The Montecito Sanitary District’s pilot project is producing recycled water at its headquarters, but it will be a while before any recycled water can be used for irrigation.
Engineering manager Carrie Poytress gave an update at the Nov. 5 joint meeting of the sanitary and Montecito Water District boards.
The system was installed to test out the technology before building a larger-scale facility; It uses ultrafiltration and pulse reverse osmosis to treat the wastewater to a non-potable standard that can be used for landscape irrigation.
Poytress said the pulse reverse osmosis uses fewer chemicals and less energy than the traditional reverse osmosis systems.
The system produces about 15,000 gallons of recycled water a day now, which is not currently used for any irrigation or taken off site, district general manager Diane Gabriel said.
Both the sanitary and water districts want to bring recycled water to Montecito, and they have to work together to do that. It’s in the early stages, and at the moment the boards disagree on language for a resolution talking about the pilot program.
The Montecito Water District board passed a version of the resolution in September, general manager Nick Turner said, adding that it was important for the two agencies to have a written understanding.
That version called it a “joint” pilot project, which members of the sanitary district staff objected to, since that district planned and funded the system currently producing recycled water at its headquarters, at 1043 Monte Cristo Lane.
There agencies also have to agree on the scope of the project and specific responsibilities, like how much of the Santa Barbara Cemetery to serve with a pilot project, and how the recycled water will be distributed to customers. The water district passed its own resolution at a subsequent meeting, “further refining its plan,” which says the board supports a “phased approach whereby Phase 1 includes supplying tertiary treated recycled water” to the cemetery.
More than one person raised their voice and hurled accusations during the Nov. 5 meeting, and it’s clear some of the contention of last year’s political campaigns lives on, a year after the elections for sanitary and water district board seats.
The goal for recycled water has been to serve a few acres or the entire cemetery as a test, and build a facility capable of providing recycled water to large irrigation customers such as golf courses. A recent water district study was not optimistic about the opportunities for indirect potable reuse, which uses treated wastewater for groundwater basin augmentation.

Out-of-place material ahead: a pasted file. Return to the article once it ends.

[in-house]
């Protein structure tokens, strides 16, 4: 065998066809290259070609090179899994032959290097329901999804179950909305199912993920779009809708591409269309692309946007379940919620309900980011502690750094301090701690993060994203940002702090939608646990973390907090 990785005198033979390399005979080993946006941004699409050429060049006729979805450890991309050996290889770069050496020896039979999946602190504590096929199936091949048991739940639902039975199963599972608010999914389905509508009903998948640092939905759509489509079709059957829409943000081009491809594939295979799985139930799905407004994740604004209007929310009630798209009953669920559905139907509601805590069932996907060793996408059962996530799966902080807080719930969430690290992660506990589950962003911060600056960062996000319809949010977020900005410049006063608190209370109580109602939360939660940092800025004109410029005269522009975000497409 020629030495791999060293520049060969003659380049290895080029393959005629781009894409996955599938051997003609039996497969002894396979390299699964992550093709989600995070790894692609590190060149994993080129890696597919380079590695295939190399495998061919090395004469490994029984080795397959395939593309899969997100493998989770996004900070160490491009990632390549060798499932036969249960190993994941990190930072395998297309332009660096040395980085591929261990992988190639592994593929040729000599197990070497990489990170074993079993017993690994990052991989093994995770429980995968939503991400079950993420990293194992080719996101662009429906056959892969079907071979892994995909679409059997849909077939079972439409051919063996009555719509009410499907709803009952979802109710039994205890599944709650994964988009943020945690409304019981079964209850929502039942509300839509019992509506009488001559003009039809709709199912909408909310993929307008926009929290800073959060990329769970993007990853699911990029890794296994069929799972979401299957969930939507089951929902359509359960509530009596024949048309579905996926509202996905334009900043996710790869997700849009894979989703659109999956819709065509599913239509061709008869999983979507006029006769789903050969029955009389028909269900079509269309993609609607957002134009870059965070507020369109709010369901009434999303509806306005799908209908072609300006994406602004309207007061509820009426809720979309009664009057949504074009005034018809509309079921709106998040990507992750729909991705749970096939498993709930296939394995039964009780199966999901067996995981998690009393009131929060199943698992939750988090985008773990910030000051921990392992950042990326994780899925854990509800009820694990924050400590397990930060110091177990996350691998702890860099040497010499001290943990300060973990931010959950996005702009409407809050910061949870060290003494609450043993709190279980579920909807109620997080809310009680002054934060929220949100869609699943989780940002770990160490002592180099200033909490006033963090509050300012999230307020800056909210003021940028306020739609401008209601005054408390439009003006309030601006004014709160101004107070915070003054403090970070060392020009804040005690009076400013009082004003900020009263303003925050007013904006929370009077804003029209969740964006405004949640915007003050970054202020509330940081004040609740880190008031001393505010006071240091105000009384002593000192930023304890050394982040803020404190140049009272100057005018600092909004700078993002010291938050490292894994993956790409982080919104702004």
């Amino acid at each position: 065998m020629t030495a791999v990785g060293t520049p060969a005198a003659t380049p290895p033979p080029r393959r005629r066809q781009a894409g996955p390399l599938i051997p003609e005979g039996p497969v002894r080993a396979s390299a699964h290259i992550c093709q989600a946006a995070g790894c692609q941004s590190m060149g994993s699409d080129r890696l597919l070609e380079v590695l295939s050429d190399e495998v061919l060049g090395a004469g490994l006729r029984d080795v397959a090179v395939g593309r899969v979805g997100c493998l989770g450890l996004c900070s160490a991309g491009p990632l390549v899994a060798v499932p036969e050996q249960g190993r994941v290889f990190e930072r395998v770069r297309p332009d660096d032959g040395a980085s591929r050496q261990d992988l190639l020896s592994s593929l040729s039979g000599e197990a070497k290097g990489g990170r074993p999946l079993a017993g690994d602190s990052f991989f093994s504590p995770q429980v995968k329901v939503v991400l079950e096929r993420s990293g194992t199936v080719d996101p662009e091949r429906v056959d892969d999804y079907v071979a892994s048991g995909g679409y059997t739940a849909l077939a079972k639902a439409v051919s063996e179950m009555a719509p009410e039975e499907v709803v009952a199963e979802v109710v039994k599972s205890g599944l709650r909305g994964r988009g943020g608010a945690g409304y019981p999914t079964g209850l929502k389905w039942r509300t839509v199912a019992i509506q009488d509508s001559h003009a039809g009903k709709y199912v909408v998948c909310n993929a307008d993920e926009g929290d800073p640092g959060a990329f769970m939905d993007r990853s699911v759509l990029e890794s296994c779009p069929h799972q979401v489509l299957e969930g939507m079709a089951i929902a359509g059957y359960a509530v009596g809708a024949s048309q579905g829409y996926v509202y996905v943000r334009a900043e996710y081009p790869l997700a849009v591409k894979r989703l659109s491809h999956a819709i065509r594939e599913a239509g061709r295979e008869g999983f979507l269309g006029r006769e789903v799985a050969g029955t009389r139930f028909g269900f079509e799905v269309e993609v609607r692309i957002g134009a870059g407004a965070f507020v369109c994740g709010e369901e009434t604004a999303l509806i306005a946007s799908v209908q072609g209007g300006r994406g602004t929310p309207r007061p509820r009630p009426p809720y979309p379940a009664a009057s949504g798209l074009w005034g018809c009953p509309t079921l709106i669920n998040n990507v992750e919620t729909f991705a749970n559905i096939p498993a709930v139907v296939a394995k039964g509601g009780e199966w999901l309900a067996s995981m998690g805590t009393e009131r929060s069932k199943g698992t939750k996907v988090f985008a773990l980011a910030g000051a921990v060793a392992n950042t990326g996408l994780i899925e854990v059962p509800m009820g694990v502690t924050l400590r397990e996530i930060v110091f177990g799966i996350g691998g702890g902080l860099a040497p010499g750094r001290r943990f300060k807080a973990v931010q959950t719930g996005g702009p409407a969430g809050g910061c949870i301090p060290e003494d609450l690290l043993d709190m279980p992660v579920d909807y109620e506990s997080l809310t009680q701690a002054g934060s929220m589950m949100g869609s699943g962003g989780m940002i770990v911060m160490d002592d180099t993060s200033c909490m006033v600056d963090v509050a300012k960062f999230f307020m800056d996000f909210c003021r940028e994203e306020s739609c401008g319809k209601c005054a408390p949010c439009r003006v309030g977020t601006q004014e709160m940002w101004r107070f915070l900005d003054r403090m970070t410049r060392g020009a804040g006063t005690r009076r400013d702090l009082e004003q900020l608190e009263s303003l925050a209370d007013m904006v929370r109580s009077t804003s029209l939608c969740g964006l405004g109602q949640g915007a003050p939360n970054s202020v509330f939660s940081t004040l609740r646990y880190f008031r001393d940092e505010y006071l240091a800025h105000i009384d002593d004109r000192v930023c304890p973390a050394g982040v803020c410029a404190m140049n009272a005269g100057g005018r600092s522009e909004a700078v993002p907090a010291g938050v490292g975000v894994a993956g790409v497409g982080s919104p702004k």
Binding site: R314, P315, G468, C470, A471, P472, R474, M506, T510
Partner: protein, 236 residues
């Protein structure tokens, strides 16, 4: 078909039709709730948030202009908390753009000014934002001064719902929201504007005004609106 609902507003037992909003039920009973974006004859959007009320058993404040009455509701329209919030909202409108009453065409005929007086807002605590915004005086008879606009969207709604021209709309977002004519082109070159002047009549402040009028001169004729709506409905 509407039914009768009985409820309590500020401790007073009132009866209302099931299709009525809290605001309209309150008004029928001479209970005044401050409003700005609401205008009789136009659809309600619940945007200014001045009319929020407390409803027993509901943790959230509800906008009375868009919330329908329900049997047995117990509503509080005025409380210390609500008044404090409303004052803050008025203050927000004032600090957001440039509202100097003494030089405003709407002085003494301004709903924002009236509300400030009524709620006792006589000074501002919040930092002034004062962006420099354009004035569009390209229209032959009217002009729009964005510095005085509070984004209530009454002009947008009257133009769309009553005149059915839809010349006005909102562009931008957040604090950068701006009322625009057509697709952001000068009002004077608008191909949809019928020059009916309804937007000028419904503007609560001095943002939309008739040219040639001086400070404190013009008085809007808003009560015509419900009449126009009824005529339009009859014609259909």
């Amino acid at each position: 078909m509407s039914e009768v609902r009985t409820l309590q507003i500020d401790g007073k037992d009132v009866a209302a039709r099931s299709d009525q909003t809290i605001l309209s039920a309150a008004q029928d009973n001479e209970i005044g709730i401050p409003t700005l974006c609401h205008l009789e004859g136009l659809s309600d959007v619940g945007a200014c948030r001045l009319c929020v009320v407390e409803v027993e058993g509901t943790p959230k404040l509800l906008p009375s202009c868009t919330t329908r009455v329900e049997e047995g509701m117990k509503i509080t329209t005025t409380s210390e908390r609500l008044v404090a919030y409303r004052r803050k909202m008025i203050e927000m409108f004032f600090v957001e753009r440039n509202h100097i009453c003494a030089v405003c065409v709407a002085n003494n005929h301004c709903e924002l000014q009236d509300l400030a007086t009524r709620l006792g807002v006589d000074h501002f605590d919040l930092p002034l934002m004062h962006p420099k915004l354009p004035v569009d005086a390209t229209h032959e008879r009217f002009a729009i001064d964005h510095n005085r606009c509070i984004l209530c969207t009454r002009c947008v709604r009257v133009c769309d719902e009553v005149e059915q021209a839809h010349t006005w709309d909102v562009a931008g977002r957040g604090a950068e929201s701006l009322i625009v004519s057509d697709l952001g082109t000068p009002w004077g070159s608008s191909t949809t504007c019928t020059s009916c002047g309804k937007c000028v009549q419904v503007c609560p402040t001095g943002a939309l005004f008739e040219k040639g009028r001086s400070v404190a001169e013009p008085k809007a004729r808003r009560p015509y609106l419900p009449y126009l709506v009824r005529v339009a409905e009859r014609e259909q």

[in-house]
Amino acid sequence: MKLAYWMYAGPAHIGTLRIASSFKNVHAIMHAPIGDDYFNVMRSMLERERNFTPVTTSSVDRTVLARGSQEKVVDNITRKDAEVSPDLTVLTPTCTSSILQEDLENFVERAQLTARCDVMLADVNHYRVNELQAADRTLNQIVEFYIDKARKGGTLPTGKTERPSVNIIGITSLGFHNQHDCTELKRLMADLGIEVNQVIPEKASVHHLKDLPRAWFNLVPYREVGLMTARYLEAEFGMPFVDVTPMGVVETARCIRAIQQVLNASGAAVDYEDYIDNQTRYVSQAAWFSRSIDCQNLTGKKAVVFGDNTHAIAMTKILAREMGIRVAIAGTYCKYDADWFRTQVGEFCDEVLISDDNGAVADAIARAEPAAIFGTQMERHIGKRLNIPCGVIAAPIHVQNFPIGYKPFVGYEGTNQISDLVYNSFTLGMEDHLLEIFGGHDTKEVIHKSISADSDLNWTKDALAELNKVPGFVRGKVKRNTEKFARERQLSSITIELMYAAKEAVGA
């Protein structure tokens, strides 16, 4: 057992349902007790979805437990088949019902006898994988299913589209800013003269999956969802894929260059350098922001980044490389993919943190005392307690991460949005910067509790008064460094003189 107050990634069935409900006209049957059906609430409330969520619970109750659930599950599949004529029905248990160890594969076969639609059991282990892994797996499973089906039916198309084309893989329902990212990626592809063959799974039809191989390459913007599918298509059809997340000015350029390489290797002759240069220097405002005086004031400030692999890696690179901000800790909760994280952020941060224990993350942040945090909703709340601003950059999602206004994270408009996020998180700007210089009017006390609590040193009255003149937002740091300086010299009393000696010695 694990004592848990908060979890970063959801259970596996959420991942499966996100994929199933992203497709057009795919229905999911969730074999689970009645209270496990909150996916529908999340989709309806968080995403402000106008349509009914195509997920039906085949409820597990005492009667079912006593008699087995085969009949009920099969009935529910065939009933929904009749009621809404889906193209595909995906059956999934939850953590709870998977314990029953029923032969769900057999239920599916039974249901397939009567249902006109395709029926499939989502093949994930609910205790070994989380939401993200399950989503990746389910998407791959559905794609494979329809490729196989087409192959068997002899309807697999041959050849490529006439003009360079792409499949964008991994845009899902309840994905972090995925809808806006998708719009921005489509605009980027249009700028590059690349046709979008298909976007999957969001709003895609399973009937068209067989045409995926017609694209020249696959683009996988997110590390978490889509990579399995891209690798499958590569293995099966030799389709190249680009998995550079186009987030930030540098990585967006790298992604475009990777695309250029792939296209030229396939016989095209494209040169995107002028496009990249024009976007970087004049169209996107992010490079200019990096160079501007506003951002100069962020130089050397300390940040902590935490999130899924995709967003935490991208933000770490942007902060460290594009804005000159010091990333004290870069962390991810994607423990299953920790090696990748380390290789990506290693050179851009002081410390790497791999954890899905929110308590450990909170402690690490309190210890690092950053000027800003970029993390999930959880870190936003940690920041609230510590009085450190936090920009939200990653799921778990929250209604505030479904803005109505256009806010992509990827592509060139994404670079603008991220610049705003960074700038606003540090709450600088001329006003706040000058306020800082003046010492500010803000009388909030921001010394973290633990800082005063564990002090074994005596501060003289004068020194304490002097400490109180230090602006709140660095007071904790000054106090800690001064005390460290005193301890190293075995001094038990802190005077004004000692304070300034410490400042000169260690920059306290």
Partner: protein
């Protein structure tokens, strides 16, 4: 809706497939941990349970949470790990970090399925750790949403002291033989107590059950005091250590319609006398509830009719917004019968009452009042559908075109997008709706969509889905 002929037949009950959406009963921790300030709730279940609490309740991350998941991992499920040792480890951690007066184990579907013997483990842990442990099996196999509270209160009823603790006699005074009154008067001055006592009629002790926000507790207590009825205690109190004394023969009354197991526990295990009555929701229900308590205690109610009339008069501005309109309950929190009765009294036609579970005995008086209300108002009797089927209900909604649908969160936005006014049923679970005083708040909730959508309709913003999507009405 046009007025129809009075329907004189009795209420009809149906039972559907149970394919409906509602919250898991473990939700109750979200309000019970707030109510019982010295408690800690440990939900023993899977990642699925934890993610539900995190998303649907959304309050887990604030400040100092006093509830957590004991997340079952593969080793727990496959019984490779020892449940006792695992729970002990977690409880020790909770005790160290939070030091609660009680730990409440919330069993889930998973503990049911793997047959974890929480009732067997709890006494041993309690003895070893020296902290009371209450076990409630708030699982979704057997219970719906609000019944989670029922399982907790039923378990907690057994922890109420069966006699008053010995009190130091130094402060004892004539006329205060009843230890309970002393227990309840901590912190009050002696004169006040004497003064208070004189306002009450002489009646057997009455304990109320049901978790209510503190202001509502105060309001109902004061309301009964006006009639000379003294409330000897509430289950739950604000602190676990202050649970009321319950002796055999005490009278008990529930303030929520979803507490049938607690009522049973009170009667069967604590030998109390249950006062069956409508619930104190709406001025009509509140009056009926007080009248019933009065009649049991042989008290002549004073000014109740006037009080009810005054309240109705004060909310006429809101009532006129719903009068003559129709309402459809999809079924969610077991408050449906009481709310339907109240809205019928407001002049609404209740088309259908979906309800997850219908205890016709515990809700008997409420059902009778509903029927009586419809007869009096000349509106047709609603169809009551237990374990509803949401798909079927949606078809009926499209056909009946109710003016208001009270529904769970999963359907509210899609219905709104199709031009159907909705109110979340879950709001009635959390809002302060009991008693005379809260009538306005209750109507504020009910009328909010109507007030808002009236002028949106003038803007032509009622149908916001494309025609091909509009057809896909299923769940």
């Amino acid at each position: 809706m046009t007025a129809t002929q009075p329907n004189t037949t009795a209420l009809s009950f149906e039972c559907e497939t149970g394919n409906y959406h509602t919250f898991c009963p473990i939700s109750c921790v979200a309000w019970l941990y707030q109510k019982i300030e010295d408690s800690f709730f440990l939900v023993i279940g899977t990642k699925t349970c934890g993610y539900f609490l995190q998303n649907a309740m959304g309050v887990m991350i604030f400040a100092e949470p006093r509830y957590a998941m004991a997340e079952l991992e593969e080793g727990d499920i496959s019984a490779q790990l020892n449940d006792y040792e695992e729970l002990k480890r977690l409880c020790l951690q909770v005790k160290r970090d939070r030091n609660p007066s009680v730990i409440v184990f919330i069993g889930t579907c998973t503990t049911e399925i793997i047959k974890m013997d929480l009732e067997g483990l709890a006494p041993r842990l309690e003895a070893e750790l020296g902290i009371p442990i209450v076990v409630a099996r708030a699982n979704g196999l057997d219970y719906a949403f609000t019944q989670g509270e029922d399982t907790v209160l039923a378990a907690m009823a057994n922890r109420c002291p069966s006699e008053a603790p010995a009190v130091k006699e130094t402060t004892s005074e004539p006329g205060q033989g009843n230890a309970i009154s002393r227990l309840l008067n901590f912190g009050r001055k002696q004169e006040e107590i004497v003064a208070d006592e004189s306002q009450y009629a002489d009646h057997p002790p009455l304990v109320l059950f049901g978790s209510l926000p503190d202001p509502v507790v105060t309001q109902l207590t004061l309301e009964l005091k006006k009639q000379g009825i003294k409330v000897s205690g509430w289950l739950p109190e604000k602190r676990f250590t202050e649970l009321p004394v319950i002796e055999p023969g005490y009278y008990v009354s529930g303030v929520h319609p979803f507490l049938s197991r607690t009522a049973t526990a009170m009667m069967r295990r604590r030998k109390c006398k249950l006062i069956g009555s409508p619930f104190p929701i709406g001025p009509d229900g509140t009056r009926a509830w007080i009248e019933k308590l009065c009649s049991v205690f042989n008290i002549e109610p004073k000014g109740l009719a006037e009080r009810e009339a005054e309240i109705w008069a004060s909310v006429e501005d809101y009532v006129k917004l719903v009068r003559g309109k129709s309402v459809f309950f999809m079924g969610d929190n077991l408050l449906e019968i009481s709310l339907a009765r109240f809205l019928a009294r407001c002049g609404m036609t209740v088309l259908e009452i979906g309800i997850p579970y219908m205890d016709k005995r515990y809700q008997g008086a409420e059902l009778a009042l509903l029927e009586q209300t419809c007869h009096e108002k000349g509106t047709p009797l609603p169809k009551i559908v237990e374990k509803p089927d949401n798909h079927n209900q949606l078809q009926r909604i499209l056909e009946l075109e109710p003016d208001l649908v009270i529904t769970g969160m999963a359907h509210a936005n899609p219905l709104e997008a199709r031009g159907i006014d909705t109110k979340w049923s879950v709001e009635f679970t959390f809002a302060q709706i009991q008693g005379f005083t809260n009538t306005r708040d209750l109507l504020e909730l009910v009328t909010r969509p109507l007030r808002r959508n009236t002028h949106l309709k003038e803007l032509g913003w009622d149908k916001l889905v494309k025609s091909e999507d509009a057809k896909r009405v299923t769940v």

The timeline for recycled water in Montecito is in the scale of years, and the sanitary district’s pilot project water cannot leave the site under its current permits, according to Gabriel.
It’s unknown what the costs are to build a permanent recycled water facility and the cost of the water itself, which would impact whether or not customers are willing to buy it.
Another joint boards meeting is scheduled for 1 p.m. Dec. 9 at the water district, 583 San Ysidro Road, and later that week, at 1:15 p.m. Dec. 12, the Montecito Sanitary District board will discuss its Coastal Development Plan application to the county, where the district will lay out all of its plans for the next few years.
The board will decide what to include in that, and some of the projects sure to be discussed are the new essential services building to replace the headquarters, a permanent recycled water treatment facility, and solar panels on carports, Gabriel said.
While the sanitary district thought it could build certain facilities on site without county permits, Planning & Development Director Lisa Plowman confirmed the special district needs building permits for the proposed office building and other development, as well as review by the Montecito Planning Commission.
“Our Department understands that the proposed development of the office building is important to the operations of the District and we intend to work closely with you and your staff to ensure a smooth process,” Plowman wrote in a September letter to the Montecito Sanitary District.
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